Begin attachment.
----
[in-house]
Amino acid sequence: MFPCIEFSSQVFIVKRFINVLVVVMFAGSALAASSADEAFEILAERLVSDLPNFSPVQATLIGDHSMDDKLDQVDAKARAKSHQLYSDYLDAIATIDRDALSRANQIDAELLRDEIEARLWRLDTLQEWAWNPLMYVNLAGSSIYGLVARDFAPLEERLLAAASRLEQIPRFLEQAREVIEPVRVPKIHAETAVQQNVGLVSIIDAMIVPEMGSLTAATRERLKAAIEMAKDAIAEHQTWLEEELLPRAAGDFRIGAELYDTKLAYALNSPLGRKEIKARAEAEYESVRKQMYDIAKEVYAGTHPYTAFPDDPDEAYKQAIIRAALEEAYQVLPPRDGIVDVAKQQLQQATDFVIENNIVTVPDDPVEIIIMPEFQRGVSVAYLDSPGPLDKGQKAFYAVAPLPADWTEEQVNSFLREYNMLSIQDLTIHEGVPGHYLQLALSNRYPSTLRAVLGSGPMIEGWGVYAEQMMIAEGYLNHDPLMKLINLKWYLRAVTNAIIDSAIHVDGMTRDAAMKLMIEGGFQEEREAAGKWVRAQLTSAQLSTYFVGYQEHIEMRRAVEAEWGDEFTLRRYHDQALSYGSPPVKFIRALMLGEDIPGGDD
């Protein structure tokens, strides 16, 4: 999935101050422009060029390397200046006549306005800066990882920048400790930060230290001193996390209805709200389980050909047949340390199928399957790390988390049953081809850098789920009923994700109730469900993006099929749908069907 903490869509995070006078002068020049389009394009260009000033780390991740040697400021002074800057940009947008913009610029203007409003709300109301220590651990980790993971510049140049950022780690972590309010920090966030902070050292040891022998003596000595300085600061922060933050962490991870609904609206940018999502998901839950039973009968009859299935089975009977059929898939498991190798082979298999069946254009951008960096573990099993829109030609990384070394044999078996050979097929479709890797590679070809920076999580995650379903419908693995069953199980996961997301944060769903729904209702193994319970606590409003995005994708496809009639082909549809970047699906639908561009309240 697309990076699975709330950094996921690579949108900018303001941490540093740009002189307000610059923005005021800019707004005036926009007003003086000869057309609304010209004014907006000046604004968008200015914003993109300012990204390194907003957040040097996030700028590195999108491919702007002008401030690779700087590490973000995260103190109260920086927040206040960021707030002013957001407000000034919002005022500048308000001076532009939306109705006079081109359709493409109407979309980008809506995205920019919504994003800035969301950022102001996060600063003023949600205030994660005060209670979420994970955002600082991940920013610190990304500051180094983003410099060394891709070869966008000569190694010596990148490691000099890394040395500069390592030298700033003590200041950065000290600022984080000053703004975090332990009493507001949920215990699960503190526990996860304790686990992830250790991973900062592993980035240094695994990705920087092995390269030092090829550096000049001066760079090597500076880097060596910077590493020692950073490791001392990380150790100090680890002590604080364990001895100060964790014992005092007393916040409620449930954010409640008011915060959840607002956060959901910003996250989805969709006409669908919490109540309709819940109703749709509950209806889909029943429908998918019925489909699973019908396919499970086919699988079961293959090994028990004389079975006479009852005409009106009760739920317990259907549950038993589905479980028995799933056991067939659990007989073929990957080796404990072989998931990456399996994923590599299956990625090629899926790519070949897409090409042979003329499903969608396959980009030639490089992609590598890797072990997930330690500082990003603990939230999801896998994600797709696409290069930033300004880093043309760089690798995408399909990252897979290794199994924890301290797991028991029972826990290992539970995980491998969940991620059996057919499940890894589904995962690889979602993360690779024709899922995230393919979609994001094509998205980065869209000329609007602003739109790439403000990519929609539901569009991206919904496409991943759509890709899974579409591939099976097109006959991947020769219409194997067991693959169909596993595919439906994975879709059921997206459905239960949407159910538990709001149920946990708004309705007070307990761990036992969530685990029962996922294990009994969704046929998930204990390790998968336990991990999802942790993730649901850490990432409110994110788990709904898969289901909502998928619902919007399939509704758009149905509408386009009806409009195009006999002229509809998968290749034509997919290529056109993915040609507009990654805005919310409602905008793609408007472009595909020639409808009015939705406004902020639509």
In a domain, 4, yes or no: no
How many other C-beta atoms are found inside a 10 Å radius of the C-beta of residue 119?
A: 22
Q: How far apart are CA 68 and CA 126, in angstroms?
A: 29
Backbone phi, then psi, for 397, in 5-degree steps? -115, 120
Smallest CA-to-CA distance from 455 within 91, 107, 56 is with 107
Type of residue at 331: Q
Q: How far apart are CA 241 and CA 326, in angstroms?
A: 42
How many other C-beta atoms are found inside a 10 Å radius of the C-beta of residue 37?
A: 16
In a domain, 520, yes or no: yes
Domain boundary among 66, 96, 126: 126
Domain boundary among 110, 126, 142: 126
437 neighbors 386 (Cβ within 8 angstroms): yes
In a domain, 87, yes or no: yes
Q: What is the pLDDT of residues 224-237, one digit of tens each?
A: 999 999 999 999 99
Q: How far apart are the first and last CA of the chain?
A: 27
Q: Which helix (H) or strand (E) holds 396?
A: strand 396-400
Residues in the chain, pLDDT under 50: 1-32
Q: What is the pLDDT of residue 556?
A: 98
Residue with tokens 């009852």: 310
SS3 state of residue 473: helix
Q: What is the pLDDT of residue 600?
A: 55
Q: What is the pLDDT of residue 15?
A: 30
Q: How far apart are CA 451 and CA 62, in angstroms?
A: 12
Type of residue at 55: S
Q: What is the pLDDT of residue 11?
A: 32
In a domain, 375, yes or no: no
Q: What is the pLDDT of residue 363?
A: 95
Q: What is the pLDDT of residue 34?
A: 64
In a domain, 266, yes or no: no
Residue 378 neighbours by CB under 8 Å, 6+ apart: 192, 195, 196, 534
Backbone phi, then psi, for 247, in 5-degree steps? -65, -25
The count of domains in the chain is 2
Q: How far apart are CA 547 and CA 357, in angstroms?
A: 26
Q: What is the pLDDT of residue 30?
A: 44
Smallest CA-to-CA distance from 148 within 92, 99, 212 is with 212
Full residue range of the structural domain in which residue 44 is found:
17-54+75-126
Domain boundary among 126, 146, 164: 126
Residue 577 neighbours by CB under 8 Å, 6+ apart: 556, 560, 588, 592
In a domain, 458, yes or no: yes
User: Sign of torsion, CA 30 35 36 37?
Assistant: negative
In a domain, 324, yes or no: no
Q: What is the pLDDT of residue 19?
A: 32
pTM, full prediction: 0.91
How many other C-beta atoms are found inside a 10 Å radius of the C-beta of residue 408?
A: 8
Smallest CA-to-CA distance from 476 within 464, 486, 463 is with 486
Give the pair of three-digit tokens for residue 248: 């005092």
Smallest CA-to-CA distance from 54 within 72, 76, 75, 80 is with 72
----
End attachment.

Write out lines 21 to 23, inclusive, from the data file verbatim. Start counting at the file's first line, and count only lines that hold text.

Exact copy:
Q: What is the pLDDT of residues 224-237, one digit of tens each?
A: 999 999 999 999 99
Q: How far apart are the first and last CA of the chain?